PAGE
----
If you’re looking at buying a flat in the Wimbledon area, it’s most likely a leasehold property. For anyone new to the London property market, it’s worth finding out about the differences between leasehold vs freehold properties, and some of the things to look out for when purchasing a flat or apartment.
During your property search you might have found a discrepancy between the cost of buying a flat or a house in SW19 or SW20. You might even have found the odd flat for sale at what seems like a bargain price for this desirable area of south-west London.
Part of the reason why Wimbledon houses attract a premium price tag is the amount of space on offer – both inside the property and in the surrounding gardens. But this isn’t the whole story.
It is also down to the tenure of the property being bought or sold – in other words, whether it’s leasehold or freehold.
The overwhelming majority of houses, which we sell in Wimbledon, Wimbledon Village, Coombe Hill, Kingston Hill and elsewhere in South West London are freehold. It is, however, rare to find a flat on the market that is not a leasehold property – this is true across London as well as in most areas of England and Wales.
Purchasing a freehold property gives the buyer sole ownership of both the building and the often-expansive grounds it stands on.
This means the owners of freehold homes may make any alterations they wish to the property – as long as they adhere to planning regulations or, if required, obtain Listing Building Consent.
Almost every flat in Wimbledon and the surrounding area is a leasehold property, whether it’s part of a new-build development, mansion block or period conversion.
Freehold house or leasehold flat?
Unlike freehold houses, a leasehold flat gives the purchaser the right to occupy the property for the amount of time specified in the lease.
Although leaseholders own the property’s internal space, fittings, floor and walls, they do not own the land the flat sits on or the fabric of the building, including the roof and external walls.
As part of a leaseholder’s contractual rights, they would normally expect the freeholder – also known as the landlord – to manage, maintain and repair the building’s structure, common areas such as staircases, hallways and lifts and exterior grounds.
The lease will outline an owner’s obligations, which may include keeping the flat in good order or behaving in a neighbourly fashion. It may also include clauses such as no pets, without the prior consent of the landlord.
3 things to consider when buying a leasehold properties
With leasehold property such a common form of tenure, there is no reason to be put off a purchase. But there are three important things to bear in mind:
1. Lease length
Lease length can vary dramatically, so this is the first question you should ask about the property before deciding it’s the one for you.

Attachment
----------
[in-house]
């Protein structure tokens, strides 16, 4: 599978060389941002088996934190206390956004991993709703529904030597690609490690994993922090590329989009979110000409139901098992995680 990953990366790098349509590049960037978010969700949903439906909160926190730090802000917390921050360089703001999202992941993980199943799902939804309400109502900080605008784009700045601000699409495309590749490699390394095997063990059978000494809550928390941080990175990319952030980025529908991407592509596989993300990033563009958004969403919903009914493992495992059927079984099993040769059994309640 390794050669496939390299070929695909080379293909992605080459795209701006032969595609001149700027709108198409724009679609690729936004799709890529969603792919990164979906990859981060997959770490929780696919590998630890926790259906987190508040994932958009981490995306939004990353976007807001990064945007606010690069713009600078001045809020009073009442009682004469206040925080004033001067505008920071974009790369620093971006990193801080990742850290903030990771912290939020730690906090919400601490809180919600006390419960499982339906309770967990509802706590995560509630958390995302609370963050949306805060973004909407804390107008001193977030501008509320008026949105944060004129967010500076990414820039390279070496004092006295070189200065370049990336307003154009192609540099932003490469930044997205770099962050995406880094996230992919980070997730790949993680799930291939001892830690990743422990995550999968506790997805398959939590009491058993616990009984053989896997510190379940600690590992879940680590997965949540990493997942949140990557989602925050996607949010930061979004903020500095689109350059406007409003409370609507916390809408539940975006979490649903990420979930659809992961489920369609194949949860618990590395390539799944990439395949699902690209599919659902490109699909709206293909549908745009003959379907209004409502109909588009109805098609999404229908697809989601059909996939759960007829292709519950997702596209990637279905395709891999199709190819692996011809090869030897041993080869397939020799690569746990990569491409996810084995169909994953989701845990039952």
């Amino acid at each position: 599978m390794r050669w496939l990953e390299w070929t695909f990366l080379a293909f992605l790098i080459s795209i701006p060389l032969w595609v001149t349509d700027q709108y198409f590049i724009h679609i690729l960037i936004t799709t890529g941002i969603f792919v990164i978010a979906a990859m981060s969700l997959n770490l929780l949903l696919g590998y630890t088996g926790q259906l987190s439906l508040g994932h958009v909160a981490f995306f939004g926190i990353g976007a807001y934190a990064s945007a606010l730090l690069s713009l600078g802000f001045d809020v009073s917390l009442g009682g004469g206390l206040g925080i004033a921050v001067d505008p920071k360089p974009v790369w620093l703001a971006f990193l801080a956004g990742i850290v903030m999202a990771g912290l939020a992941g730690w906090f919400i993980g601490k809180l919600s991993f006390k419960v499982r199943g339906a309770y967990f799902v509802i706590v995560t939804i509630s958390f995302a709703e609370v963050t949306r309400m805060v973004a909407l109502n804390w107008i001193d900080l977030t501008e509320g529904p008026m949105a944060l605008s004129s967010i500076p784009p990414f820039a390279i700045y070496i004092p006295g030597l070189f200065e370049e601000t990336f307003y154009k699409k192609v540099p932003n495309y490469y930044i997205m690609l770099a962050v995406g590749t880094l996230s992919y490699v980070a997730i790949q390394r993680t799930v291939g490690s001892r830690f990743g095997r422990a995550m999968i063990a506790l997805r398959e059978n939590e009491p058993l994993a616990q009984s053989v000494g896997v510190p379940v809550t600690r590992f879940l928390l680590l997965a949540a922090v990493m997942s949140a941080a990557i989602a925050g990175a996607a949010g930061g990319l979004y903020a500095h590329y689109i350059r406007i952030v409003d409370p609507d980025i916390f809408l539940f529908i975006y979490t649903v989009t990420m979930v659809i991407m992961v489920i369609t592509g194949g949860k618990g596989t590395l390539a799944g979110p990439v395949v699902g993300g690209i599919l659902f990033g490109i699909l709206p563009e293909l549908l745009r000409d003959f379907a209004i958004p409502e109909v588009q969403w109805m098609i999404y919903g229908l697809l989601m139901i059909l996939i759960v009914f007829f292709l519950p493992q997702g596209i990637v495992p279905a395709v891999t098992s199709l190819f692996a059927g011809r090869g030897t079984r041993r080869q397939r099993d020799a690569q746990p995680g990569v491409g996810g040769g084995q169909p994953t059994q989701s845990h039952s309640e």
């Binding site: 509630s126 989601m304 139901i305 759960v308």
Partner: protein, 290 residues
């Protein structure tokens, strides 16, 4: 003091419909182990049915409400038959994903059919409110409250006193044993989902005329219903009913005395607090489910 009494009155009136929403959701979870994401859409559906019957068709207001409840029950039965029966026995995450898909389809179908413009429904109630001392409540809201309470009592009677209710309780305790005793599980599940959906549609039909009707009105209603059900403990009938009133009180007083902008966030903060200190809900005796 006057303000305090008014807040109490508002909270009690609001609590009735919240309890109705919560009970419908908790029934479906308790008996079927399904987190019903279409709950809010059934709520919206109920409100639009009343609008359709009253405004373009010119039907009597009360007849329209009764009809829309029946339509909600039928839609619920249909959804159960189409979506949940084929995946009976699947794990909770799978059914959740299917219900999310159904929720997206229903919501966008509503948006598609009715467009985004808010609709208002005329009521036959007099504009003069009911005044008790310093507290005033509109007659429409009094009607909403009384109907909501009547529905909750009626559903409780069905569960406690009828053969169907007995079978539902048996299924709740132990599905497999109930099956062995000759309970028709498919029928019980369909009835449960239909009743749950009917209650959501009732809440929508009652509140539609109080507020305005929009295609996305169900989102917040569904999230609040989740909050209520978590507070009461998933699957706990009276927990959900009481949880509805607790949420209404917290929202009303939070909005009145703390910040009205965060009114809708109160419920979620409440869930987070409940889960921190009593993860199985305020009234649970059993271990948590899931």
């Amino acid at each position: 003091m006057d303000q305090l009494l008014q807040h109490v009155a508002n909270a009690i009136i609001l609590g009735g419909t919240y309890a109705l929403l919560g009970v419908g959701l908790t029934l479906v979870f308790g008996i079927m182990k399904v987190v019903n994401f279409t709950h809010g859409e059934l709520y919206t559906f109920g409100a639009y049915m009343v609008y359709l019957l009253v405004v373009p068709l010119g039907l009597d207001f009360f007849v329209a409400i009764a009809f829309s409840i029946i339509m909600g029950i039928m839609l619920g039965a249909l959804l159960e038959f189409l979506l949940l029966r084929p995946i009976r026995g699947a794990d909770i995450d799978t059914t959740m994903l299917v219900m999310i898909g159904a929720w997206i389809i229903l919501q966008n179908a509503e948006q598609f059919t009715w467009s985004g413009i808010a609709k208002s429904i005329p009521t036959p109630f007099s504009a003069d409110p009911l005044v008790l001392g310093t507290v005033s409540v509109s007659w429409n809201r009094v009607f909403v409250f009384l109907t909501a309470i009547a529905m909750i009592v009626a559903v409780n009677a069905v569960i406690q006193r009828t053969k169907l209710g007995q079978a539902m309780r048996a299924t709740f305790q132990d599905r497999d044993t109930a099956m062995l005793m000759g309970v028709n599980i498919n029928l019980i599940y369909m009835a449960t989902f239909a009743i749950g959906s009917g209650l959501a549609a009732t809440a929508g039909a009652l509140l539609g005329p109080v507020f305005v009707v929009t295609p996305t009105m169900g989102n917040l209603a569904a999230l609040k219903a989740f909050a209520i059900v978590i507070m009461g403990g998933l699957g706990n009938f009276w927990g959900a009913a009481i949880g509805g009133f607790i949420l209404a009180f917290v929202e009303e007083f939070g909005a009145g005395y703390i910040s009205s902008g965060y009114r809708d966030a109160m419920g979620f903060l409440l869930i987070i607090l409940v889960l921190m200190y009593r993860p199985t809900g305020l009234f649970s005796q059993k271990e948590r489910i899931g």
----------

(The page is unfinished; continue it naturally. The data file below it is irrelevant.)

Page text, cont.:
A flat’s original lease length is likely to be for a long period of time, which exceeds the number of years the property’s first owner would be likely to live there. Some new-build properties come with a 99-year lease, although their length is now more commonly 125 years. Some developers provide 999-year leases on apartments. Older properties may have much shorter leases – this may be the reason for a flat appearing to be a surprisingly good value for the area.
Ownership of a leasehold home will revert back to the freeholder once the lease runs out. Anyone buying a flat with a lease of less than 80 years remaining may also find it harder to obtain a mortgage. Even if you are a cash buyer you may find it difficult to sell the property on, should you wish to.
If you’ve set your heart on a flat with a short lease, you shouldn’t write it off entirely. Under the 1993 Leasehold Reform, Housing & Urban Development Act, flat owners are entitled to a 90-year extension to their lease at a fair market price, as long as they have owned the property for at least two years. You can also make it a condition of sale that the vendors begin this process for you to inherit.
TIP: Read more about the costs and process for extending a lease.
2. Ground rent
This is the fee payable to the landlord on an annual or half-yearly basis. While it is usually a token payment in the region of £200 or £300 a year, some landlords, in exclusive areas of London, can charge thousands of pounds each year.
Beware that the landlords of many new-build developments are now inserting clauses into the leases, allowing for dramatic increases in pay ground rent, although the government is looking to curb this practice.
3. Service charges
To cover the costs of maintaining the fabric of the building and the shared areas of the development, the landlord or managing agent will impose a service charge.
While fees vary depending on the size of the development, some service charges include contributions to a reserve or sinking fund that is used to cover large one-off bills.
Leasehold tenure and charges aside, flats in the Wimbledon area are a wise investment, particularly you take steps to extend your lease on the property.
If you have any questions or if you are looking to buy, sell, rent or let a property in the Wimbledon area, contact us today.